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International Society For Minimally Invasive Cardiothoracic Surgery

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Minimally Invasive Surgery In Octogenarians: Is Age A Contraindication Or A Prejudice?
Elisa Mikus, Simone Calvi, Carlotta Brega, Alberto Tripodi, Fabio Zucchetta, Alberto Albertini.
Maria Cecilia Hospital, GVM for Care & Research, Cotignola (Ra), Italy.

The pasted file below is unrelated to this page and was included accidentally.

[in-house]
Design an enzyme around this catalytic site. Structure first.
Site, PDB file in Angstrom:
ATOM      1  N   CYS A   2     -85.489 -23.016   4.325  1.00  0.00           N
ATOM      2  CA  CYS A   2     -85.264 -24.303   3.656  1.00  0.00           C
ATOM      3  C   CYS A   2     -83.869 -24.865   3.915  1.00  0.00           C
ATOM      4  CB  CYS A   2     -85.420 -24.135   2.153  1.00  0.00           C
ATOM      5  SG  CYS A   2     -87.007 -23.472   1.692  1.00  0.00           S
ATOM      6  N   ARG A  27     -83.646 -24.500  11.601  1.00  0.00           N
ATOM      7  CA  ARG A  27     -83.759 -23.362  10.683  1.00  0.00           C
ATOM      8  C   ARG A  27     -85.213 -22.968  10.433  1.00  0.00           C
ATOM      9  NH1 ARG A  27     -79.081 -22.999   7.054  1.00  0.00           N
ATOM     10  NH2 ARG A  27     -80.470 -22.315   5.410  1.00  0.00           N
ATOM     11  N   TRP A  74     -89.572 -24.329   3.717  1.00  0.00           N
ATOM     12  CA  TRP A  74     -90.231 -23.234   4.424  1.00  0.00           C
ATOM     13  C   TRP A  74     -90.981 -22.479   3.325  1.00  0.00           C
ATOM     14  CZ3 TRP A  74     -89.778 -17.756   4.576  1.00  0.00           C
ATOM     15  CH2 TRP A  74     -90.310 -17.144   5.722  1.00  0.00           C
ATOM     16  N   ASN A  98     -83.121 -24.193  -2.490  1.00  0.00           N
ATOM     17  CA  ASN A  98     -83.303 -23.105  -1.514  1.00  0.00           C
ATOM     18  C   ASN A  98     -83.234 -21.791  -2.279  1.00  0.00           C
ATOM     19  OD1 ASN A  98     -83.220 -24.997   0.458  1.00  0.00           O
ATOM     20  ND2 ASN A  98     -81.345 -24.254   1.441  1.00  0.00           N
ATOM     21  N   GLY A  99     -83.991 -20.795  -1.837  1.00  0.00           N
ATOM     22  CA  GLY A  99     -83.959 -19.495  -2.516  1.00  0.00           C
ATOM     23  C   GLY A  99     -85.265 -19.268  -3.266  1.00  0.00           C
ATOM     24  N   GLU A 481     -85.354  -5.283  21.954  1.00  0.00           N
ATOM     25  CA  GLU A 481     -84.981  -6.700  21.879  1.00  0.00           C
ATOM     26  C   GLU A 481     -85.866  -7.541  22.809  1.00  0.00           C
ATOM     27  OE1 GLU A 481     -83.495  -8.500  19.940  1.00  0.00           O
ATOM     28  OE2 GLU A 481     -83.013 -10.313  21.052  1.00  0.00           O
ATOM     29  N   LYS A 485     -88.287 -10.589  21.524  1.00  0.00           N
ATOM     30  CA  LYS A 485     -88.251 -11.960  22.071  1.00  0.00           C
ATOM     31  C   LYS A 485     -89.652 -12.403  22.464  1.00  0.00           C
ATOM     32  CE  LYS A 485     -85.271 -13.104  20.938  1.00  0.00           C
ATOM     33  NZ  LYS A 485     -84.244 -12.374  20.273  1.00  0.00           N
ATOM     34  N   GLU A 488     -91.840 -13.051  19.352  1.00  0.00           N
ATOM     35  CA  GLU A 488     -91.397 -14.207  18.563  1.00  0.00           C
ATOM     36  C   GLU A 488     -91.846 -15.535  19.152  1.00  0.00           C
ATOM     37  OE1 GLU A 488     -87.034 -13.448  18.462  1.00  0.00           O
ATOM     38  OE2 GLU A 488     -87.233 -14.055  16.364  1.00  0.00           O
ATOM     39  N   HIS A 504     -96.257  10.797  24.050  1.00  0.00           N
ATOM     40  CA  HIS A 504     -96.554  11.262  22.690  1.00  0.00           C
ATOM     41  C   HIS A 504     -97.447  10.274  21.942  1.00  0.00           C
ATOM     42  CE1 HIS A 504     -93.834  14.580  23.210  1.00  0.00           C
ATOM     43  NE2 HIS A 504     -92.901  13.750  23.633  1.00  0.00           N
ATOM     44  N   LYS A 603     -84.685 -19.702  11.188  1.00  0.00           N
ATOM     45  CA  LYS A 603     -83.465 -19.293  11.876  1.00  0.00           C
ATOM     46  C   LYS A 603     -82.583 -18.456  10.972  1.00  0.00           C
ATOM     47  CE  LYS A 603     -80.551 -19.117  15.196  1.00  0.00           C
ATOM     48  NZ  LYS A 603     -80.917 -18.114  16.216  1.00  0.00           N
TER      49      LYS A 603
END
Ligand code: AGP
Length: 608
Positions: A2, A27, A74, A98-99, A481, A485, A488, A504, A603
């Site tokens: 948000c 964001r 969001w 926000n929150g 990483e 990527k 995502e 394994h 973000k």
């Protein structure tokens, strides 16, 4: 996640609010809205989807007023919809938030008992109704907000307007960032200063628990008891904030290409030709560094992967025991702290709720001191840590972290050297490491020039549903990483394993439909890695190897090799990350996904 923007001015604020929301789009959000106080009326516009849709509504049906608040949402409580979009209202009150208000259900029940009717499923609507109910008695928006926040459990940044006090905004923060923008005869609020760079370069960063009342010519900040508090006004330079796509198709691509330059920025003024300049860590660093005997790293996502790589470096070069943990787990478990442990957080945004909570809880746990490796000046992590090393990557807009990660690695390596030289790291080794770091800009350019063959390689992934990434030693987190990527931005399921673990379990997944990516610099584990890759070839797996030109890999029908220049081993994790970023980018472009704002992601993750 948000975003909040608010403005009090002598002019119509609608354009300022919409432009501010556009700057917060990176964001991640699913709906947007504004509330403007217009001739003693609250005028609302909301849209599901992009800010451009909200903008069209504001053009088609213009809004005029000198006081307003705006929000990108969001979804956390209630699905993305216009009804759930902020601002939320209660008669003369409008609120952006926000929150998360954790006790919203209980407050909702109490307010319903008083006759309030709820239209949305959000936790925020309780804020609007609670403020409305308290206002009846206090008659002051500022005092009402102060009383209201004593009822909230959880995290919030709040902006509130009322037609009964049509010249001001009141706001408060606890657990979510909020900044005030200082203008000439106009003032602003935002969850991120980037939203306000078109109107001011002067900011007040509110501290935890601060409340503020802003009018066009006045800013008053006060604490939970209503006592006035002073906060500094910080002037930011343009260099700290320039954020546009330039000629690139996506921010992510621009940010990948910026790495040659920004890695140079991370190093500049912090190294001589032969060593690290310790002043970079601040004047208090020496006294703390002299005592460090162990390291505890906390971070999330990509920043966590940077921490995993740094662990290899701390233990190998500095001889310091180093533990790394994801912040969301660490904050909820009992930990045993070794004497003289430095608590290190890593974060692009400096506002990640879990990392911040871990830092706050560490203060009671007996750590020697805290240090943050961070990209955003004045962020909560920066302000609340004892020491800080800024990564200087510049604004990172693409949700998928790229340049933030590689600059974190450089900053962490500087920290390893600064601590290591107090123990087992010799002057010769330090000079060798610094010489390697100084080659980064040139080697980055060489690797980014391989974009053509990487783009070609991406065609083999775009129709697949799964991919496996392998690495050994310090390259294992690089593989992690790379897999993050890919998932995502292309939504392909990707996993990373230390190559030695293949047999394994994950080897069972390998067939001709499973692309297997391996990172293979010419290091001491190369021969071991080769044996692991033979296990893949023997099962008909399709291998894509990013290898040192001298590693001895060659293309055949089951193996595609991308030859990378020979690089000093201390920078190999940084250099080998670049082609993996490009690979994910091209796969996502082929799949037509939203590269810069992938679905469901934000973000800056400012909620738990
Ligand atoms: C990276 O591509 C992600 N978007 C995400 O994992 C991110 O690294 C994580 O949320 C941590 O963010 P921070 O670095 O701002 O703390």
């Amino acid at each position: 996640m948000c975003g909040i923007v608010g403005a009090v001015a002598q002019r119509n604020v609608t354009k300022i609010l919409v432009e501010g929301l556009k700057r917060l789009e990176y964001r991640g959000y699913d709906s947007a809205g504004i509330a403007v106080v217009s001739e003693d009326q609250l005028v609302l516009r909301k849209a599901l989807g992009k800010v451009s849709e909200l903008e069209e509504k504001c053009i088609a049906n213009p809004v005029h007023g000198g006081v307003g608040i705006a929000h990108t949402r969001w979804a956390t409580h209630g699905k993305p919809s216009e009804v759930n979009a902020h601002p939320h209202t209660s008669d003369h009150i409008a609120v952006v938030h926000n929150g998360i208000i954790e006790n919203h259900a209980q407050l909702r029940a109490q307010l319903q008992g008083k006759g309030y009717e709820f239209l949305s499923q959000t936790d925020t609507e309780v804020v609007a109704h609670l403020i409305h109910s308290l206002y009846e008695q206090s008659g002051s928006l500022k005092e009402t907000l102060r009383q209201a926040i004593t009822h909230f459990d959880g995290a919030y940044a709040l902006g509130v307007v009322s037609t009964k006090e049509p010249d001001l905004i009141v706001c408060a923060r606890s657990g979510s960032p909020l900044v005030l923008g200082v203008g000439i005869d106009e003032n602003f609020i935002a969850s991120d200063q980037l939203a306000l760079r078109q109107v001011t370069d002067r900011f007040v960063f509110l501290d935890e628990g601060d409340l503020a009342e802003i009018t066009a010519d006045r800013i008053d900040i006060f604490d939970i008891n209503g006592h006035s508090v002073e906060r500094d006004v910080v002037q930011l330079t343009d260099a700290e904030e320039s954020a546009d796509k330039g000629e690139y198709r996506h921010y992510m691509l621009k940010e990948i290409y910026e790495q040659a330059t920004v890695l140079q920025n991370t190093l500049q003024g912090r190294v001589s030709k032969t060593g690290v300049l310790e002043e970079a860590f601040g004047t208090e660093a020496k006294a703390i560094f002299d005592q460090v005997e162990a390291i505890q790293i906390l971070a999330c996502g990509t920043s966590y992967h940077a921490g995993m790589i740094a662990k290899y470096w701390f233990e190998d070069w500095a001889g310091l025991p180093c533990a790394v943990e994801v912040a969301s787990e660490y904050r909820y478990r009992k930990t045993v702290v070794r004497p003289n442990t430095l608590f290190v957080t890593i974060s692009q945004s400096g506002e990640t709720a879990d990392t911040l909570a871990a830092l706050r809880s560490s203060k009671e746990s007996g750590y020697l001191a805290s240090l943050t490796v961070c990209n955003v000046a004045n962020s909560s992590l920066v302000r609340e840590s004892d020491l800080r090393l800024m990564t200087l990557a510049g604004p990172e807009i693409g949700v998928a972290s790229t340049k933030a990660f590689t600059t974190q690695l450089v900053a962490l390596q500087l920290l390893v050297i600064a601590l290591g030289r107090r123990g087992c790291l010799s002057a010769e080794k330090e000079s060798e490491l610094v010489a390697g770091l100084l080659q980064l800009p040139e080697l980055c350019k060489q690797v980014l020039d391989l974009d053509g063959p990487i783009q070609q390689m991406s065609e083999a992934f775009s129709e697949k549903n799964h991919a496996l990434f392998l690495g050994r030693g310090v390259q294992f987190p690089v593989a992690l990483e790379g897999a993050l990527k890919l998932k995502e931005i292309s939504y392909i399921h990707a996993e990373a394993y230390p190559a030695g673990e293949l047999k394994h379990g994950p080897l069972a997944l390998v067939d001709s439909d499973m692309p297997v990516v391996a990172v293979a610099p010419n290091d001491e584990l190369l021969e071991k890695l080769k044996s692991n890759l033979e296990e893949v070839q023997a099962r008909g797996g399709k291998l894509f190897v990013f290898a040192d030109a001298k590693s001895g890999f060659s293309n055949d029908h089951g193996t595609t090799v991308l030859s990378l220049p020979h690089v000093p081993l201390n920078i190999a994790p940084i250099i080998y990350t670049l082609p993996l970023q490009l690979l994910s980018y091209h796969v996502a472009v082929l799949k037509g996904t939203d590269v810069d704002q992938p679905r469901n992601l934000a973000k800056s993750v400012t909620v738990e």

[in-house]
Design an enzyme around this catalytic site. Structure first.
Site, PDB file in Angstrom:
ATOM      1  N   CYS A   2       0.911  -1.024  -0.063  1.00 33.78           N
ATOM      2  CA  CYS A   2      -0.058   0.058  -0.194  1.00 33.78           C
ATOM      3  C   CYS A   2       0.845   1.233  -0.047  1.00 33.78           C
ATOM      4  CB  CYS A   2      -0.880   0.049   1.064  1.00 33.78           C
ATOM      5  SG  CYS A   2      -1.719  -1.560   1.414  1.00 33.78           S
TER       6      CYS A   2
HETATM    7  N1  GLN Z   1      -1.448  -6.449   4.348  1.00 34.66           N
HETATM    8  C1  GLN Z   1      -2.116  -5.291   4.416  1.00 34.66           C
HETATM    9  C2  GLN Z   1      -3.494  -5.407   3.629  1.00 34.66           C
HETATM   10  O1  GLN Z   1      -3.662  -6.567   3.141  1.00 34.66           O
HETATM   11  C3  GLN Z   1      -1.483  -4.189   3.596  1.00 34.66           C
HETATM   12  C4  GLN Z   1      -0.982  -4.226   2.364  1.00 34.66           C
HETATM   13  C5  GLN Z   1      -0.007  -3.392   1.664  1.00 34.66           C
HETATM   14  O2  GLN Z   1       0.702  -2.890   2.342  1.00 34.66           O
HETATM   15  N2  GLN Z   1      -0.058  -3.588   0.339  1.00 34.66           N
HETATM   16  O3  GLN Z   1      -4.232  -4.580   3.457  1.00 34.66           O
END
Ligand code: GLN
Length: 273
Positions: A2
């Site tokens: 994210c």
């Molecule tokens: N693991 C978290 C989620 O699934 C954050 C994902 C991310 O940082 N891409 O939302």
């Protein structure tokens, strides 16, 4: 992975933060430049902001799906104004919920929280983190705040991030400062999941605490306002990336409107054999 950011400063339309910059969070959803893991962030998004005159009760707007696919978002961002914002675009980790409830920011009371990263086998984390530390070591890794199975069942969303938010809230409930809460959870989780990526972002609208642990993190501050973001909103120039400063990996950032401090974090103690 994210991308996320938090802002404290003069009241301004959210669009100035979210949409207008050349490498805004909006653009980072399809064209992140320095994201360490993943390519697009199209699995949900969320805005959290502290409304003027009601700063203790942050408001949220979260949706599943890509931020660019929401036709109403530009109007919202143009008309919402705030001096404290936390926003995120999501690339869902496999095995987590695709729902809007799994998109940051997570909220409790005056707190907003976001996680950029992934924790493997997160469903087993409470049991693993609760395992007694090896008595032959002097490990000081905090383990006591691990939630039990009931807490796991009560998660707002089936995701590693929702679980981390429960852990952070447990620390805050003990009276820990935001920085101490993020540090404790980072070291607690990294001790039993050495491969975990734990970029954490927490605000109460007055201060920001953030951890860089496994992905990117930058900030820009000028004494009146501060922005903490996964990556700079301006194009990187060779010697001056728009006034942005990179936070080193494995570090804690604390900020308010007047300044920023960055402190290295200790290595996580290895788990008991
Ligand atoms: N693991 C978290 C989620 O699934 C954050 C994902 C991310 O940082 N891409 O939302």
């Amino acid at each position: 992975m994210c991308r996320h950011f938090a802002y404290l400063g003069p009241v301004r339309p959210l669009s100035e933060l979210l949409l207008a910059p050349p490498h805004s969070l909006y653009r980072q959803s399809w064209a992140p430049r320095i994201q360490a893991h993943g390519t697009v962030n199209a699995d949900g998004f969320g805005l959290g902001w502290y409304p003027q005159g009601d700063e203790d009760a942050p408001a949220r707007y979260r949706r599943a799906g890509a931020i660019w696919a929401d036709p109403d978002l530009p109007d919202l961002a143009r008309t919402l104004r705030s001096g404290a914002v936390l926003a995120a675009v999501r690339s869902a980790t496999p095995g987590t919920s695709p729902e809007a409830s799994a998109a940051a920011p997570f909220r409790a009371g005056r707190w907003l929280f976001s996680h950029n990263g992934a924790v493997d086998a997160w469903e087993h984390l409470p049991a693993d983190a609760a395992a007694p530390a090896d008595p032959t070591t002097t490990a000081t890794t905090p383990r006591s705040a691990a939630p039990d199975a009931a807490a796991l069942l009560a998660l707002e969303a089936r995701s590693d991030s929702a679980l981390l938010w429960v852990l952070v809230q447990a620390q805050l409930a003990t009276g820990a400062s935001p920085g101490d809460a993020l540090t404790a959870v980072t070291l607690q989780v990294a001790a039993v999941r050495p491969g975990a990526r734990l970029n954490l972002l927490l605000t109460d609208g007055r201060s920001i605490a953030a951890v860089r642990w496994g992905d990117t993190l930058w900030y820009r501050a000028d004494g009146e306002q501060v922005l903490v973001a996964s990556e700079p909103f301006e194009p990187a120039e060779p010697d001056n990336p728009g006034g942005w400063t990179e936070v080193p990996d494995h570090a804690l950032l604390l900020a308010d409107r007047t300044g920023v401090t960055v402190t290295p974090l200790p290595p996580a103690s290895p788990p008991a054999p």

Background: demographic world changes impose increased age of the patients referred to cardiac surgery. In the mean time, the use of minimally invasive techniques is expanding and becoming more and more daily occurrence for some centers. In our institution, even over 80-year-old patients undergo elective cardiac surgery through mini-access.Methods: Between January 2010 and December 2018, 595 patients (278 male 46.7%; with mean age was 82.5 2.1; range 80-93) underwent minimally invasive cardiac surgery. Minimally invasive approaches included: right mini-thoracotomy (n=251) for mitral, tricuspid and aortic valve (respectively 4th and 3rd intercostal space), ministernotomy (N=323) for the aortic valve and/or ascending aorta replacement, left minithoracotomy (n=21) for bypass or mitral valve repair using neochord. We analysed the preoperative aspects, the perioperative course and 30- day mortality.Results: The most frequent comorbidities were: hypertension 75.8% (451 patients), diabetes 17.5% (104 patients), COPD 11.4% (68 patients), peripheral arteriopathy 8% (48 patients). Mean ejection fraction was 599%. Mean Logistic Euroscore and mean Euroscore II were respectively 11.046 and 3.1 2.1. Patients were treated for aortic valve disease (n480), isolated mitral disease (n72), mitral and aortic disease (n7) or mitral combined with tricuspid (n4). The remaining had coronary artery disease (n16) or ascending aorta dilatation isolated or combined with aortic valve disease (n12). Other in the lasting 4 patients. Almost all patients were elective (94%), and in 7 (1.2%) patients a previous operation was performed. Median ventilation time and hospital stay were respectively 8 hours and 8 days. Of them, 60.3% received blood transfusions. In-hospital mortality was 3.8 % (23 patients).Conclusions: Minimally invasive surgery can be easy applied in octogenarians, ventilation time and hospital stay are almost comparable to those of youngest patients in our Department


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